Blood clots in the veins of the leg are a common problem and are termed deep vein thrombosis (DVT). One in three patients with a DVT develops a complication known as post-thrombotic syndrome (PTS). This syndrome involves ongoing swelling of the affected leg, pain, and also skin changes. At the current time the main way of preventing PTS is to wear compression stockings. However, it is known that patients frequently find the stocking uncomfortable and would prefer to take an oral medication to prevent the problem.
Rutosides are a herbal remedy which have been shown to reduce swelling and skin changes in other conditions affecting the veins such as in chronic venous insufficiency. This review aimed to evaluate the existing literature to see if there was evidence from randomised controlled trials for the effectiveness of rutosides in preventing PTS following a DVT. We also aimed to investigate whether there were any side effects from the treatment.
Search methods and selection of studies
We searched existing databases (current until 21 August 2018) for trials relating to the use of rutosides for the prevention of PTS following DVT. Two authors independently reviewed trials for inclusion and intended to extract results in line with prescribed criteria.
Key results and conclusions
We did not find any trials of rutosides versus an alternative therapy for the prevention of PTS that were suitable for inclusion. We therefore have no evidence to support the use of rutosides in the prevention of PTS and high quality randomised controlled trials are required.
As there were no studies identified in this review there is currently insufficient evidence to determine the effectiveness and safety of rutosides for prevention of PTS in patients with DVT. Some studies suggest that rutosides may provide short-term relief of PTS symptoms. However, there is nothing published on their use as a preventative therapy for PTS. High quality randomised controlled trials of rutoside versus any alternative are required to build the evidence base in this area.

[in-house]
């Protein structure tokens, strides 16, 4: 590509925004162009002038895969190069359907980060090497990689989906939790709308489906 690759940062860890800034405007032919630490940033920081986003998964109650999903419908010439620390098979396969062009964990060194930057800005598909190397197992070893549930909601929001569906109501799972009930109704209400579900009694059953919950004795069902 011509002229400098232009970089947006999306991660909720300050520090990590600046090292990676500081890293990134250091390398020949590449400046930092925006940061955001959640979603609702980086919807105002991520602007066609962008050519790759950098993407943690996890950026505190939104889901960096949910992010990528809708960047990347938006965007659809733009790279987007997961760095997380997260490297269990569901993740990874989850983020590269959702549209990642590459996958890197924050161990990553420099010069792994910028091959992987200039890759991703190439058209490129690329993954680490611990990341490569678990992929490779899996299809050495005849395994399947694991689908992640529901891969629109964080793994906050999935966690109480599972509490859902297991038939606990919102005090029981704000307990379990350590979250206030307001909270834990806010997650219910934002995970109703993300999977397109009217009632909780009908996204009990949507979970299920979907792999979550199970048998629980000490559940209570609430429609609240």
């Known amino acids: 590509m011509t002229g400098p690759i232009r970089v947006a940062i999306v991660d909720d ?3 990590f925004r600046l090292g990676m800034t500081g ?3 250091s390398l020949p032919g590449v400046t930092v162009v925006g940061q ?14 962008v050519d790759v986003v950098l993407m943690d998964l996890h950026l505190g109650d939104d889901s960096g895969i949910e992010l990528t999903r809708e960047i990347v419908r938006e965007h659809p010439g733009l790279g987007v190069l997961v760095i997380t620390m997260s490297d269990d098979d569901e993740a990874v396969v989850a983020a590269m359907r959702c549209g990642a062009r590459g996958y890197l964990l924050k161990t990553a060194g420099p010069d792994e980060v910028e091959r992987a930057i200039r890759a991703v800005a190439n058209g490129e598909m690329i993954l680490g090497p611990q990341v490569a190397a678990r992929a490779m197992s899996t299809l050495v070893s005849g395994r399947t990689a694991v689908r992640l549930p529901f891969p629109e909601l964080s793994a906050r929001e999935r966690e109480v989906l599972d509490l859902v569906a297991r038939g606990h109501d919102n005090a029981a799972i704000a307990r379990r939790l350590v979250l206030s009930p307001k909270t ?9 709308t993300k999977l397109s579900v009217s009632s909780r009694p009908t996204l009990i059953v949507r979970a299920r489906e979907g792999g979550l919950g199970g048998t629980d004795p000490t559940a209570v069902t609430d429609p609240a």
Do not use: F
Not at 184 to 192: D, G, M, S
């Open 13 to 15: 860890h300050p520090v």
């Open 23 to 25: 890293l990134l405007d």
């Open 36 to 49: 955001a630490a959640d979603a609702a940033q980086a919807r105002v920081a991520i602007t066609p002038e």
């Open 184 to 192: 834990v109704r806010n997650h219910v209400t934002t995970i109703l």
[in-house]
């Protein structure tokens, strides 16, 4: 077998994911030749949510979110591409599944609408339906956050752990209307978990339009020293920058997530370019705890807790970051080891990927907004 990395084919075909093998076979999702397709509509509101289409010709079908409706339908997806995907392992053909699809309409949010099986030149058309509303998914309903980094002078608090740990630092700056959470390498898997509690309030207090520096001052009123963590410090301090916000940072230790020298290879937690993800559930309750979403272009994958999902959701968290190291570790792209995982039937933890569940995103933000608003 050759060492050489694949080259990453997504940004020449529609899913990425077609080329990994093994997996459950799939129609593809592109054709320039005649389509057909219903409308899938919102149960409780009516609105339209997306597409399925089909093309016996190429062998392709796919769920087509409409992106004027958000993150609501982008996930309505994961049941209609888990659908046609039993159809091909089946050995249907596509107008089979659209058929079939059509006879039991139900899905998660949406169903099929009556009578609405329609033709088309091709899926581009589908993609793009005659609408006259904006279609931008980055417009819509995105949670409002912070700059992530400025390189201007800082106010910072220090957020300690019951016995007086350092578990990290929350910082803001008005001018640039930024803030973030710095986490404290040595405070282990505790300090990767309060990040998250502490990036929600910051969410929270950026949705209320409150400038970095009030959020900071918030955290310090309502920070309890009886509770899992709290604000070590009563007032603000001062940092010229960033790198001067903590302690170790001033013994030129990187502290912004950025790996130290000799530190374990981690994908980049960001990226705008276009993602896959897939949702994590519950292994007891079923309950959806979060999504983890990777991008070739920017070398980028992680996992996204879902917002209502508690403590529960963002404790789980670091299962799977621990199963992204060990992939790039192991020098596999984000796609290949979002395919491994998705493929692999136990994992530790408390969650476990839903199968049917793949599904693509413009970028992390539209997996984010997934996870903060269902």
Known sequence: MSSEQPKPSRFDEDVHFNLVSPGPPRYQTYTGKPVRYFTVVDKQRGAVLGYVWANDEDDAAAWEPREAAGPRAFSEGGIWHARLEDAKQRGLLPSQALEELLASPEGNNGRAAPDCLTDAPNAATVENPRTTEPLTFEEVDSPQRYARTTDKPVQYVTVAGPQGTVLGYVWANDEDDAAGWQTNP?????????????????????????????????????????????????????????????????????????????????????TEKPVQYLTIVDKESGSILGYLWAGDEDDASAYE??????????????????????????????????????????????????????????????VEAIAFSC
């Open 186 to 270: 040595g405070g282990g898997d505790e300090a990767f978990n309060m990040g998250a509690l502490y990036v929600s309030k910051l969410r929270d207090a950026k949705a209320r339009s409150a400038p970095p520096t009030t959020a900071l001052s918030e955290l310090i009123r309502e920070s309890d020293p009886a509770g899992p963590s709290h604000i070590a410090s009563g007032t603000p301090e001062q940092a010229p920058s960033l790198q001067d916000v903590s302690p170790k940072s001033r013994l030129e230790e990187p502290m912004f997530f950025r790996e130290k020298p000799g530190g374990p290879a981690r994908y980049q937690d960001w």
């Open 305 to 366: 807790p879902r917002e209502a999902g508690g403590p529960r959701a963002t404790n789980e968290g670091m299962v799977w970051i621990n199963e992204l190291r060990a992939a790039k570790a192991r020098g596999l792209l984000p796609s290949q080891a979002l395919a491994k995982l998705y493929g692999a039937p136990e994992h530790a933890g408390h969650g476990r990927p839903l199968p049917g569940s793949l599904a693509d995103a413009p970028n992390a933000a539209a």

Post-thrombotic syndrome (PTS) is a long-term complication of deep venous thrombosis (DVT) that is characterised by pain, swelling, and skin changes in the affected limb. One in three patients with DVT will develop post-thrombotic sequelae within five years. The current standard care for the prevention of PTS following DVT is elastic compression stockings. Rutosides are a group of compounds derived from horse chestnut (Aesculus hippocastanum), a traditional herbal remedy for treating oedema formation in chronic venous insufficiency (CVI). However, it is not known whether rutosides are effective and safe in the prevention of PTS. This is the second update of the review first published in 2013.
To determine the effectiveness and safety of rutosides for prevention of post-thrombotic syndrome (PTS) in patients with deep vein thrombosis (DVT), compared to placebo, no intervention, or reference medication.
The Cochrane Vascular Information Specialist searched the Cochrane Vascular Specialised Register, CENTRAL, MEDLINE, Embase and CINAHL databases and World Health Organization International Clinical Trials Registry Platform and ClinicalTrials.gov trials registers to 21 August 2018.
We planned to include trials of rutosides versus any alternative (placebo, no intervention, or reference medication) in the prevention of PTS in patients with DVT.
Two review authors independently assessed studies for inclusion and intended to extract information from the trials.
No studies were identified comparing rutosides versus any alternative in the prevention of PTS.